City manager Virginia Barney told city council Jan. 19 that the city expects to formally rename Northwest Park in honor of the Northwest Kiwanis.

City manager Virginia Barney told city council Jan. 19 that the city expects to formally rename Northwest Park in honor of the Northwest Kiwanis.

"This does not require council action, it's more informational," Barney said, noting that during the spring the city would host a naming ceremony.

Council member and past Kiwanis president Erik Yassenoff said Kiwanis activity has been consistent over many years and remains very strong today.

"Kiwanis is donating $100,000 to the historic barn project at Sunny95 Park," Yassenoff said. "We felt that it was an appropriate way to recognize the work Kiwanis has done throughout the community, really decades of work that the organization has done."

Parks director Tim Moloney said he was surprised at the nature of some of the work done by the organization.

"What brought it to my attention was, they donated the first medic (emergency ambulance) for the city of Upper Arlington," Moloney said.

Current Northwest Kiwanis President Craig Jensen said the group actively reaches out to city government and other institutional players in the community to see where the group can be useful.

"It's like so many things, there was a need and we were in a position to help," he said. "We try routinely, depending on funding, to ask the administrative people, if there is stuff that's in your budget that you would really like to have but you just can't fit it in, especially in recent years there hasn't been so much funding.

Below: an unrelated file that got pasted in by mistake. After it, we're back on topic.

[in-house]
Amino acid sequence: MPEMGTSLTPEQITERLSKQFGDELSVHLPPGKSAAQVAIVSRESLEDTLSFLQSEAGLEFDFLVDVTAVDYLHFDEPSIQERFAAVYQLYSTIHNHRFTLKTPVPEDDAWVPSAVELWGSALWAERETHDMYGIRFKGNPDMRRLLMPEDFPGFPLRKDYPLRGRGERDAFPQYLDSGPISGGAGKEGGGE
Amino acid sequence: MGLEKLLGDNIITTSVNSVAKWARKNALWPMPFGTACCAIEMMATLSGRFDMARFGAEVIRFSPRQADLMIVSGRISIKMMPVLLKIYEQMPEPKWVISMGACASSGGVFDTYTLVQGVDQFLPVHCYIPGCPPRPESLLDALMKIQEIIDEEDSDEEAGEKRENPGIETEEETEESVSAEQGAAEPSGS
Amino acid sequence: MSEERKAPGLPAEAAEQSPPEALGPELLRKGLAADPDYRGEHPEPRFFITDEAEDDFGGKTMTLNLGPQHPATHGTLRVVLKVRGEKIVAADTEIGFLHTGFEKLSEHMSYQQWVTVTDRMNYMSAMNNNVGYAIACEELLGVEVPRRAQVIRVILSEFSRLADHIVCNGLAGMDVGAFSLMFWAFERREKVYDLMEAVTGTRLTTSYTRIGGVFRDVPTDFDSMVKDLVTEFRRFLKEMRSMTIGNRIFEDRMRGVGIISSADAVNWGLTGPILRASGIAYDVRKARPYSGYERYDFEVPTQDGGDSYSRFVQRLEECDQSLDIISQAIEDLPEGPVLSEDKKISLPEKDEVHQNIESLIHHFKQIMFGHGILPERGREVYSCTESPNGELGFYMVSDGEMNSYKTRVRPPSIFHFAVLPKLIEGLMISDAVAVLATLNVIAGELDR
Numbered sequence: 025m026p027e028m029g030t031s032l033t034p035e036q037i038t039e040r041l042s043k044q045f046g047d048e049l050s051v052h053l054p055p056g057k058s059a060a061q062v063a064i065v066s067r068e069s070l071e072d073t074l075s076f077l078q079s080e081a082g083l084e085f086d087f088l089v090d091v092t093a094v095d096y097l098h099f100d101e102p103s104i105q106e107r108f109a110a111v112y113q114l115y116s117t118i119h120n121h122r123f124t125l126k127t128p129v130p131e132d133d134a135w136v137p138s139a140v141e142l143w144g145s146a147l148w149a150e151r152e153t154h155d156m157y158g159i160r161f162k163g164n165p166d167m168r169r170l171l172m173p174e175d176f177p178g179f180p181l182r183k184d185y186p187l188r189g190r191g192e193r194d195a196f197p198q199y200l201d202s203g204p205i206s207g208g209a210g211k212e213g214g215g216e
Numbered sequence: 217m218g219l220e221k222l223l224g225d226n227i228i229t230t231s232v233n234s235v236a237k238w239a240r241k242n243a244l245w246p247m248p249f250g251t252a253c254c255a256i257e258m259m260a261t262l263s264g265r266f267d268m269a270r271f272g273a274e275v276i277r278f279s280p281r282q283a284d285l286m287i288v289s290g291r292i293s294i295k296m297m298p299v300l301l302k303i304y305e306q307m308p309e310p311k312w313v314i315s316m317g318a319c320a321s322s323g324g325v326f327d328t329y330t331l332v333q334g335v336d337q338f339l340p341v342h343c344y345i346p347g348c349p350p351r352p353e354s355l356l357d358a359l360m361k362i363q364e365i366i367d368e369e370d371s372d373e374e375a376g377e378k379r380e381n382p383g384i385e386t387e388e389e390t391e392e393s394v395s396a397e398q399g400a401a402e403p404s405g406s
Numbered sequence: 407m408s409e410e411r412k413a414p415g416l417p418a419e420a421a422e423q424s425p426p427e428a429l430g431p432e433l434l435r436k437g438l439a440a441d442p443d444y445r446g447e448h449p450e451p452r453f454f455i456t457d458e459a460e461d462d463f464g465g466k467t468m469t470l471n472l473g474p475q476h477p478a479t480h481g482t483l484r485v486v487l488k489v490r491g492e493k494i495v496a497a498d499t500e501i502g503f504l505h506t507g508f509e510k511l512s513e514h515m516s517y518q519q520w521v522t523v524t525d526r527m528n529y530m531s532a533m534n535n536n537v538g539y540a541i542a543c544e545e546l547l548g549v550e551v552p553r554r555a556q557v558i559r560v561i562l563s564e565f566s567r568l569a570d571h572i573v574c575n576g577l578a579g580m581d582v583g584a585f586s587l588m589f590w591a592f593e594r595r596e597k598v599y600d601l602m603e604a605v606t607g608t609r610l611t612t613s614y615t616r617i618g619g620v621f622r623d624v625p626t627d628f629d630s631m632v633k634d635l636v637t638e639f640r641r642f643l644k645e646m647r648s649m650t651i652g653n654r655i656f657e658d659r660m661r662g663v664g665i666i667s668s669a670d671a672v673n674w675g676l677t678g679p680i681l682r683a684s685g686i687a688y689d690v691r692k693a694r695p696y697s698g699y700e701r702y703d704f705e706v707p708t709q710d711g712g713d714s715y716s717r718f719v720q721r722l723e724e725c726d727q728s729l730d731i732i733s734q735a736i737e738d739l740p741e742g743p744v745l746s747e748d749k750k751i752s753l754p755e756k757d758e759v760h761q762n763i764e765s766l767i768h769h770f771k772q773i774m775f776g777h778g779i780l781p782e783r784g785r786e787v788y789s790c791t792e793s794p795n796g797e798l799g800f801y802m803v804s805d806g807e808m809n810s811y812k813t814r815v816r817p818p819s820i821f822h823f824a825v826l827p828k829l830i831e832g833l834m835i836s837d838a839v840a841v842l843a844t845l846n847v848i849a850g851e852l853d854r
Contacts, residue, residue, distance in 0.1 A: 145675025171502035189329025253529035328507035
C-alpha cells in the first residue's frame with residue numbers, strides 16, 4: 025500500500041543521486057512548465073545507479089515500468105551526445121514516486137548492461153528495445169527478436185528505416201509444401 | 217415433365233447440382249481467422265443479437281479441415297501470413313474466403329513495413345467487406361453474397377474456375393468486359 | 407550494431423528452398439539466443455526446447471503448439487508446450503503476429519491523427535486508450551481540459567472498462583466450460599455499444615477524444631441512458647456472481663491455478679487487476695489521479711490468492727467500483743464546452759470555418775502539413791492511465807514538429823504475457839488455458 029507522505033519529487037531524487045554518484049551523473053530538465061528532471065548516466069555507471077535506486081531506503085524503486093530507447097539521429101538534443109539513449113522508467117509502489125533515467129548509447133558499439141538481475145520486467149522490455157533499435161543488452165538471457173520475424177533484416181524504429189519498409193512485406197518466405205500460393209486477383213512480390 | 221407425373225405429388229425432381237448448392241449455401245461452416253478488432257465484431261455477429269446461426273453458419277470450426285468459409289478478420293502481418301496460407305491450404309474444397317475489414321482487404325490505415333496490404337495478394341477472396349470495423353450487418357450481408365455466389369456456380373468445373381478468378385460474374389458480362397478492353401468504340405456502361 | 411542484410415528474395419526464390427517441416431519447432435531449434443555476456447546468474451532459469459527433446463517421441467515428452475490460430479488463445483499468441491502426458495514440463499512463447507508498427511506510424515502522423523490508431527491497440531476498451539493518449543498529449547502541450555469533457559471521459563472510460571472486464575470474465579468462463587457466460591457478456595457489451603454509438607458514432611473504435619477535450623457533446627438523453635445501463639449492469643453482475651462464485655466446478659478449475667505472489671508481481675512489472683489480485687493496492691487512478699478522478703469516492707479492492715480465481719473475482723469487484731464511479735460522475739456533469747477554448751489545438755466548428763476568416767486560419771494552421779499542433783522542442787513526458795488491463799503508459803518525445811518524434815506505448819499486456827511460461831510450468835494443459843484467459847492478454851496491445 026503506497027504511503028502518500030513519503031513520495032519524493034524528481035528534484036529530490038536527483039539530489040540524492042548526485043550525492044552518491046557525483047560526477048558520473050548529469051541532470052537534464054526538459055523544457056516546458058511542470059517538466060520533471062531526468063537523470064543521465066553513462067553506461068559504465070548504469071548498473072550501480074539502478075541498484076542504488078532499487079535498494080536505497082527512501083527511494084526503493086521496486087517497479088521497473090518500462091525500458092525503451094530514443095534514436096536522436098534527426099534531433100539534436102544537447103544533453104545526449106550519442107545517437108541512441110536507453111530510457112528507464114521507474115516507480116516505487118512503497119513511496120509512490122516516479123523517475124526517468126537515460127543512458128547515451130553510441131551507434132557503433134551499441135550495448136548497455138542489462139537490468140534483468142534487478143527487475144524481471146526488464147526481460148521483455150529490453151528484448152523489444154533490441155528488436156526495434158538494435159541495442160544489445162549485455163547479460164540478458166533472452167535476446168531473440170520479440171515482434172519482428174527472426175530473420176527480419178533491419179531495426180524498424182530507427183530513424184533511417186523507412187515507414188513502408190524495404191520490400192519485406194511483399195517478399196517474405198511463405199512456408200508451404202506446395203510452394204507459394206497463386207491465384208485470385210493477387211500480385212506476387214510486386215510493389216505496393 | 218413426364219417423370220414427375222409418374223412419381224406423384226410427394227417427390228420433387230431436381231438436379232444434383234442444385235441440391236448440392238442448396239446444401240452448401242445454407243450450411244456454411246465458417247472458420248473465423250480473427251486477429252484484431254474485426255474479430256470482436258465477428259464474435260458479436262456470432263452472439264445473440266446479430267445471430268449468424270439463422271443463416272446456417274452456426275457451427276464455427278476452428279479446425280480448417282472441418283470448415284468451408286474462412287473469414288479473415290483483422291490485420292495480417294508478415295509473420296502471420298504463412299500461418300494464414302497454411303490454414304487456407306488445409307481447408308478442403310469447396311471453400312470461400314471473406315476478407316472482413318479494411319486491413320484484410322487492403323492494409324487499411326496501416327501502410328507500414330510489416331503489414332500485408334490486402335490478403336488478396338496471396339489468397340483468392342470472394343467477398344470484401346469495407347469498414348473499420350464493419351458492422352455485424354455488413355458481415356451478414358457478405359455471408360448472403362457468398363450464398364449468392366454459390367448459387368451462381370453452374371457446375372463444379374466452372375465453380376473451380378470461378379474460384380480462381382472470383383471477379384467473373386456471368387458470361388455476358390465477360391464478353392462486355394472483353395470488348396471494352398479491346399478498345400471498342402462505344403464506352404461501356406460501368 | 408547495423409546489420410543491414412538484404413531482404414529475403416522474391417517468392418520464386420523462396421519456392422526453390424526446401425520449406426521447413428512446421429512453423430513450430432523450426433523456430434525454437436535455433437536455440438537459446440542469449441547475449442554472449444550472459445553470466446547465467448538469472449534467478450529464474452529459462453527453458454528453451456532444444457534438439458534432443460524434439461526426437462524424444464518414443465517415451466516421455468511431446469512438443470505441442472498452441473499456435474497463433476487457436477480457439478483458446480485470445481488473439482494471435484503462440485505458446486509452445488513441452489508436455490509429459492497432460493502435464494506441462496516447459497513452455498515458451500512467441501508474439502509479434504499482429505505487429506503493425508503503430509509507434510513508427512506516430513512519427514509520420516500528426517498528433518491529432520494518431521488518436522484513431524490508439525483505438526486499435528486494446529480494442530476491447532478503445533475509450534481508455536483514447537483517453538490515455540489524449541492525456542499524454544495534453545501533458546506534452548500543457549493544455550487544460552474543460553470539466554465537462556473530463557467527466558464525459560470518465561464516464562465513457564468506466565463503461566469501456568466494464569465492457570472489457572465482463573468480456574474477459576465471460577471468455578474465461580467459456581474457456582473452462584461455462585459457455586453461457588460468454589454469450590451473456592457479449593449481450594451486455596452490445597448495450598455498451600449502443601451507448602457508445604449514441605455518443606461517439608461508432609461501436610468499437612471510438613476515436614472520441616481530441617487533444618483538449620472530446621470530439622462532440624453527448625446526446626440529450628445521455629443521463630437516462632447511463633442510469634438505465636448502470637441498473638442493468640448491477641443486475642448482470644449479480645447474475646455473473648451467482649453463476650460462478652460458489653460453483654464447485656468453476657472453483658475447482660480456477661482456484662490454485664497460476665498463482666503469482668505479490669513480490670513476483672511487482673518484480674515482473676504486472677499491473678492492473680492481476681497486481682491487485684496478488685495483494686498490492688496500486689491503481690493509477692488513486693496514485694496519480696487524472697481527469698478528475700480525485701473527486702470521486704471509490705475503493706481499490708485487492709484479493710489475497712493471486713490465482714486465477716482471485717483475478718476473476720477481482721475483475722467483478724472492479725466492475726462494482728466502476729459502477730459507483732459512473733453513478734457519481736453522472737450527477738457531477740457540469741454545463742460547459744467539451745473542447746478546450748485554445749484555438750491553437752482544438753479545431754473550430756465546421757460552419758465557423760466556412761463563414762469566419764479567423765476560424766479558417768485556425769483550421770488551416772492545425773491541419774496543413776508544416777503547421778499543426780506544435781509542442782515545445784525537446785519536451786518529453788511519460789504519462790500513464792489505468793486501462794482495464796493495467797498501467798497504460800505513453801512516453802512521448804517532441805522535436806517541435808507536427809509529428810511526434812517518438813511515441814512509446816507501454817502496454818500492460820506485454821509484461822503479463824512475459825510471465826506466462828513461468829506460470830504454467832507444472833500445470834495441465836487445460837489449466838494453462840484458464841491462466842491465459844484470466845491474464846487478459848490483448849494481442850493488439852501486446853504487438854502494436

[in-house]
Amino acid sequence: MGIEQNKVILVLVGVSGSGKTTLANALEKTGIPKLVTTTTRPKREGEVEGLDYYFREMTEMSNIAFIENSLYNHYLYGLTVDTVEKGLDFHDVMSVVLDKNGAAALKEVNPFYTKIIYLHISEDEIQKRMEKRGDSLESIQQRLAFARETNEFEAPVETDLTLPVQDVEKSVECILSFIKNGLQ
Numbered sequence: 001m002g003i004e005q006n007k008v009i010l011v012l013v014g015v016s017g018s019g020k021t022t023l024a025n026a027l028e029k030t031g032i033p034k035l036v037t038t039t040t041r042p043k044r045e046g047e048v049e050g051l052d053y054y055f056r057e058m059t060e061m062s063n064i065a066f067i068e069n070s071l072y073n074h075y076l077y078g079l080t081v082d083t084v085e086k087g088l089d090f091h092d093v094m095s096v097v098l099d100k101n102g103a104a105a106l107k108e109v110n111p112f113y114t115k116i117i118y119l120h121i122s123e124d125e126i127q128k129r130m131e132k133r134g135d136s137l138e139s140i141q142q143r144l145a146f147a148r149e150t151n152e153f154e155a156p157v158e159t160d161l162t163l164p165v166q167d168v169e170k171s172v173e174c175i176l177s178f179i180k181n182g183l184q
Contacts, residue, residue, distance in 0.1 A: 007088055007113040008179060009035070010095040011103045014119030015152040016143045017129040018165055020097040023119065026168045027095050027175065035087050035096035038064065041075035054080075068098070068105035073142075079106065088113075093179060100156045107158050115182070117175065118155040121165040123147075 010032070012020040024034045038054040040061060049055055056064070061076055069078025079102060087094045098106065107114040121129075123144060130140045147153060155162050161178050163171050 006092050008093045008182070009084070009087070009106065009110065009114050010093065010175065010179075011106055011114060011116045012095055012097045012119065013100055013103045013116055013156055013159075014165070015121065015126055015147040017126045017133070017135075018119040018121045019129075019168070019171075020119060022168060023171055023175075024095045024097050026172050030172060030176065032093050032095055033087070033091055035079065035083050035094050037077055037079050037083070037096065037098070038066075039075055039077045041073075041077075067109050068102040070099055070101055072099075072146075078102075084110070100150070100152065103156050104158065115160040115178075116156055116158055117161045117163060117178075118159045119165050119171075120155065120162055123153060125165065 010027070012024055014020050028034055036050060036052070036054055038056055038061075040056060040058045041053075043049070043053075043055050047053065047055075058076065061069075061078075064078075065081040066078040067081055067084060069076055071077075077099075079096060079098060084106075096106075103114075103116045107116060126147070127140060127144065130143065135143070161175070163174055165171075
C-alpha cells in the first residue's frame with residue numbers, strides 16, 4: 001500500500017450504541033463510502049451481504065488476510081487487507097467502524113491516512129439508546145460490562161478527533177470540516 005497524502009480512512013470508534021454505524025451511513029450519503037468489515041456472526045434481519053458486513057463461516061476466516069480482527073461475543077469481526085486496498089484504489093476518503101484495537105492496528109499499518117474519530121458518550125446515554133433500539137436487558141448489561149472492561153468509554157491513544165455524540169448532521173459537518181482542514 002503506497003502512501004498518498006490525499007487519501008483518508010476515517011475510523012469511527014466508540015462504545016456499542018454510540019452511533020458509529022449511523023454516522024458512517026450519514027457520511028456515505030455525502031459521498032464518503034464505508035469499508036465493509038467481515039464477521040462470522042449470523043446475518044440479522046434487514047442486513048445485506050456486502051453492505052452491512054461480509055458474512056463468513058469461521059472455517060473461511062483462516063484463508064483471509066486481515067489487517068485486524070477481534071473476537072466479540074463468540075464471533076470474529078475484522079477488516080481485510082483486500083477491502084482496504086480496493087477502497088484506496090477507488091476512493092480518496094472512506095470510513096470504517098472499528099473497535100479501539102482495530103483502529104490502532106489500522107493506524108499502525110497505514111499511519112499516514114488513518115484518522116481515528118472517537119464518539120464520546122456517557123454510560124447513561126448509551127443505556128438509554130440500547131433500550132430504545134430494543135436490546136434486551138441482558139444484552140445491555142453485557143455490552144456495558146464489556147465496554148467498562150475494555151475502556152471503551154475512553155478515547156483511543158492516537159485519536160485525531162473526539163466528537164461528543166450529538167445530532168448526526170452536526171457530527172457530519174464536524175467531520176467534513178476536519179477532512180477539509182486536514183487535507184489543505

"That's a hallmark (of) our charter to help communities and the children in our communities."

Among current work is sponsorship of a youth soccer program that serves about 1,500 kids every year.

"They provide a program that my staff could not provide," Moloney said, noting that it requires not only coordinating so many children, but also working with more than 100 coaches and also coordinating with parents and guardians. "It's far larger than we could accommodate with the kind of expertise they bring to it."

"We have 35 years of youth soccer in our service area of Grandview, Upper Arlington and Marble Cliff," Jensen said. "We're in our second and third generation; people who have been in our program are bringing in their children and grandchildren."

Construction of shelter houses is also a significant effort, right down to project management.

"When Northwest showed a need for restrooms and a shelter house, they hired a contractor, they supervised construction, they built the shelter house. In a sense they took care of everything," Moloney said.

Jensen said Kiwanis membership remains strong, but that they do work to make sure they stay current.

"We think we have benefits, we get out into the community," he said. "It's a good draw, a good vehicle for helping people invest their time and effort.

"There's nothing quite like getting dirty, whether it's planting flower bulbs or building shelter houses or park benches," Jensen said. "We work in Camp Wyandotte in southern Ohio, building new cots to replace their World War II surplus cots. It's just fun doing stuff together."

Jensen said Kiwanis is looking to expand into the high school, too.

"We have Key Clubs, the high school equivalent of the adult clubs," he said. "We have one at Grandview Heights, and we'll be reaching out to Upper Arlington schools to see if we can make that happen too. The Key Clubs are recognized by colleges as high quality activities that the schools like to see."

Maloney said the list of Kiwanis activities is lengthy, including day camps, special support for disabled students to integrate into summer camp, field trips, blood pressure monitoring at the senior center, programs to assist sufferers of dementia.

"Things like this the Kiwanis Club has done over the years is worthy of recognition," he said.